R. Lanier Britsch, a retired Brigham Young University history professor and author of From the East: The History of the Latter-Day Saints in Asia, 1851-1996, recounted the story of what happened.

He said the young men were walking through the ruins, "a highly venerated place," when they came upon a large Buddha statue that was easily accessible. One elder climbed onto the statue, straddled the Buddha's neck, placed his hands on the Buddha's head (the top of which "represents the Buddha's enlightenment, his expanded capability, . . . thus making the head the most sacred part of his body," Britsch explained) and smiled for the camera.

The Thai store proprietor who was later asked to develop the film was so upset when he saw the images that he submitted them to a newspaper. The two young men "paid a rather severe price for the indiscretion," serving six months in a Thai jail, and the incident "set the church back for many years" in that part of the world, Britsch said. And this, he added, wasn't an event that left anything broken.

What happened in Colorado, he said, "sounds like zealous antagonism," worse than the "momentary cultural insensitivity" that happened in southeast Asia.

"I find it unconscionable and extremely difficult to explain," Britsch said.

As for what punishment seems appropriate for the three missionaries who served in Colorado, the historian speculated that that will take care of itself.

"Their souls are going to be roasted for years over this. I don't think anyone else is going to have to put their feet to the fire. . . . They're going to feel so stupid."


* JESSICA RAVITZ can be reached at jravitz@sltrib.com or 801-257-8776. Send comments to the religion editor at religioneditor@sltrib.com.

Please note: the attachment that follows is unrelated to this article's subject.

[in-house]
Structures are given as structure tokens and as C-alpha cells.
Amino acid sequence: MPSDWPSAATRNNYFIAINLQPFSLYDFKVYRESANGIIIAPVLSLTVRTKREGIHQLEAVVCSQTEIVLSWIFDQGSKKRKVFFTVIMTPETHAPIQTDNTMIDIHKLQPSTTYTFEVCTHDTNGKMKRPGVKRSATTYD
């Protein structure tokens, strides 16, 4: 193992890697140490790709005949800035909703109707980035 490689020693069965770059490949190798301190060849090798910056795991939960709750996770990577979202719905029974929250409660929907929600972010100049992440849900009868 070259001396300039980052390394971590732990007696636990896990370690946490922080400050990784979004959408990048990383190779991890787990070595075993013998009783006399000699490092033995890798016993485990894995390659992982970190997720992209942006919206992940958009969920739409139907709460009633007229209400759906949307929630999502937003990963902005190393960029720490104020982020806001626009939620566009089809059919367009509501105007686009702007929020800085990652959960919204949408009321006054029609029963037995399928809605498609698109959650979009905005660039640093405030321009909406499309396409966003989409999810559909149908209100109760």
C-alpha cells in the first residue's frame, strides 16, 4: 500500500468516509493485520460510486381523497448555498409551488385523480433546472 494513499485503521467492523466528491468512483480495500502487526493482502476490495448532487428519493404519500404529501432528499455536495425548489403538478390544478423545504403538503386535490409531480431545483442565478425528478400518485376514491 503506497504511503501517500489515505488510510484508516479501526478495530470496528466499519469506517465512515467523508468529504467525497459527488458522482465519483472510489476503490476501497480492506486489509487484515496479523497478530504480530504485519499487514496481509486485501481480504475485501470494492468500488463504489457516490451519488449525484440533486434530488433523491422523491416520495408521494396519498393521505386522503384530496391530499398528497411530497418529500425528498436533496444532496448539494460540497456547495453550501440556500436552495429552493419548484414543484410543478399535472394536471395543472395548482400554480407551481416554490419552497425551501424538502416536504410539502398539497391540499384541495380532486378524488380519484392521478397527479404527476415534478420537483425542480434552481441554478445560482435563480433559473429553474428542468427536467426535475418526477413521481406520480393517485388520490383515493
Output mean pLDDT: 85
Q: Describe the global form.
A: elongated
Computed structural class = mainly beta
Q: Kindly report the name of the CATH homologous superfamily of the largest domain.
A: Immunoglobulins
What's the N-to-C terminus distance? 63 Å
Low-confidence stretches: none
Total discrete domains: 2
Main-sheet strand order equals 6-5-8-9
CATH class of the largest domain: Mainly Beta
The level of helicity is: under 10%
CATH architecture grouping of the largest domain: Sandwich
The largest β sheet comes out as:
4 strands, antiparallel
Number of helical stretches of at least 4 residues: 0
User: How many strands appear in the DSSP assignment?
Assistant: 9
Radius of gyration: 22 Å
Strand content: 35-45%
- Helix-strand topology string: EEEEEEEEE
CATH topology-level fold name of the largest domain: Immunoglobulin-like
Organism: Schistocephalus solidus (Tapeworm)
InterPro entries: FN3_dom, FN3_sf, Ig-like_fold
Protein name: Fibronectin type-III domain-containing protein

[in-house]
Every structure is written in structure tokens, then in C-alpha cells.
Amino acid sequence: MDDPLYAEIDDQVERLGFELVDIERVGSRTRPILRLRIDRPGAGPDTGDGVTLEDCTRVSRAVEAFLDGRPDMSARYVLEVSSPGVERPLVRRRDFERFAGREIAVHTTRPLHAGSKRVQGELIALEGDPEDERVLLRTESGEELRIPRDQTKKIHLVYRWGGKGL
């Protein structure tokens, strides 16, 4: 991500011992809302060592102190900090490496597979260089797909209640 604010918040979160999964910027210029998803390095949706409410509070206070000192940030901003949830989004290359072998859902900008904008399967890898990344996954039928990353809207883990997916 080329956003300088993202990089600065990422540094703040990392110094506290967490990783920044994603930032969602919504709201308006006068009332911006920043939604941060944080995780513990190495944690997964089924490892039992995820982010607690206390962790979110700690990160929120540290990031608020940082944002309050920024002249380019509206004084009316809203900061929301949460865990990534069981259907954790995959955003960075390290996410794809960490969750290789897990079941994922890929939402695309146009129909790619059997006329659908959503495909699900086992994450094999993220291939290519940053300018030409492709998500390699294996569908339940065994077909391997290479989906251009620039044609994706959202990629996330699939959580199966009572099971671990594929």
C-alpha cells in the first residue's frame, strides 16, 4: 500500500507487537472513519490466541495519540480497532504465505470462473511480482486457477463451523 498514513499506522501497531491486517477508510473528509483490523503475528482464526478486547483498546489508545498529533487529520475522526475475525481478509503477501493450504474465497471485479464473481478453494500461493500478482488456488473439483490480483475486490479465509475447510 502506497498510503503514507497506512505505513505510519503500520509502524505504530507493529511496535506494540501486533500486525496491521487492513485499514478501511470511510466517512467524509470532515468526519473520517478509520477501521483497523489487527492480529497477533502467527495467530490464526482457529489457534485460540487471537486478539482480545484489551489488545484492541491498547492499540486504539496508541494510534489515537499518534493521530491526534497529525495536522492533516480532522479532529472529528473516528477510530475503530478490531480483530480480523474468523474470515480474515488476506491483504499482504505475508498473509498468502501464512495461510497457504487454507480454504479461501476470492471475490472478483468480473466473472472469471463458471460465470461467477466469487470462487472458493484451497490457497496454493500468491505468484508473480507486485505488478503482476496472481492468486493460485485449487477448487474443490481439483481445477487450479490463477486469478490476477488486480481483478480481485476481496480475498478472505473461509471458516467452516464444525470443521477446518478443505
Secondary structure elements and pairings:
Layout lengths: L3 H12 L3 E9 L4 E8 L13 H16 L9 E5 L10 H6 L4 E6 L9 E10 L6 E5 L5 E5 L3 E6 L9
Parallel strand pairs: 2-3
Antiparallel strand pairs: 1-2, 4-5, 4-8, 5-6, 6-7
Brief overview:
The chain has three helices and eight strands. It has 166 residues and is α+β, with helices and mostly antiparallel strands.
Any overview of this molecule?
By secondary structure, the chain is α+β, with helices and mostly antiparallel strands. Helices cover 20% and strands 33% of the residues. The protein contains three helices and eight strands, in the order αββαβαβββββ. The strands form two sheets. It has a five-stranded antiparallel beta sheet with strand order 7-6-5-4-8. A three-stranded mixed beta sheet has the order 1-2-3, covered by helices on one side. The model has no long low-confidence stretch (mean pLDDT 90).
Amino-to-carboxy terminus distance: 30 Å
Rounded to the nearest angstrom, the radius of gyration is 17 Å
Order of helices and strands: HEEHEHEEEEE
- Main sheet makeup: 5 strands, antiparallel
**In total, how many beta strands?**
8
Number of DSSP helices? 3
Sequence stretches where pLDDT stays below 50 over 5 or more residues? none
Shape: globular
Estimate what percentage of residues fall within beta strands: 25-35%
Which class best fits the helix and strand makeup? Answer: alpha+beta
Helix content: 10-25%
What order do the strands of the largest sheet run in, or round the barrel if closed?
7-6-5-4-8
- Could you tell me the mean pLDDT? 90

LDS and Costilla County

About 150 missionaries serve in the Colorado Springs LDS Church mission, but only two are assigned to Costilla County, said Robert Fotheringham, the mission president. Due to the recent controversy, he said the missionaries will be kept out of San Luis for at least five or six weeks so everyone can "take a deep breath."

Costilla County, in south-central Colorado, has a population of fewer than 3,700 residents, according to the 2000 census. San Luis, the county seat, is Colorado's oldest town and has fewer than 800 residents. The majority of people living there are Catholic, and nearly all are Latino.

The Chapel of All Saints, where the altar photos were reportedly taken, is a small mission maintained by the Sangre de Cristo Parish in San Luis. It is perched atop a mesa, above San Luis, at the end of the Stations of the Cross, the town's famous desert trail that's lined with statues representing Jesus's final hours.

- Jessica Ravitz

Thompson's statement

Elder R. Thompson, the one missionary involved in the controversy who was still serving in the Colorado Springs mission, issued a statement on March 7, the day after the photographs were discovered by a Catholic church parishioner and reported to the Rev. Patrick Valdez, the priest at Sangre de Cristo Church. This note, which the missionary wrote himself, was delivered to the priest and other San Luis community leaders, according to Robert Fotheringham, the mission president.

Following is the statement from Thompson, who's been disciplined and sent home:

To whom it may concern and the community of San Luis, Colorado:

As a result of the recent photos which have surfaced involving me and the Catholic Church, I wish to offer my sincerest apologies. My actions at that day were inexcusable. I realize that my companions and I have made a mockery of that which is most sacred to many of the residents of San Luis and the rest of the world. I should have known better. I want to assure all of you that we meant no harm and surely no animosity toward the Catholic community. I deeply regret my past actions and wish to reconcile the damage that has been done. Again I give you all my deepest apologies.


Elder R. Thompson

What's next:

* The Costilla County Sheriff's Office is still investigating the incident and depending on what is discovered, the district attorney may file criminal charges.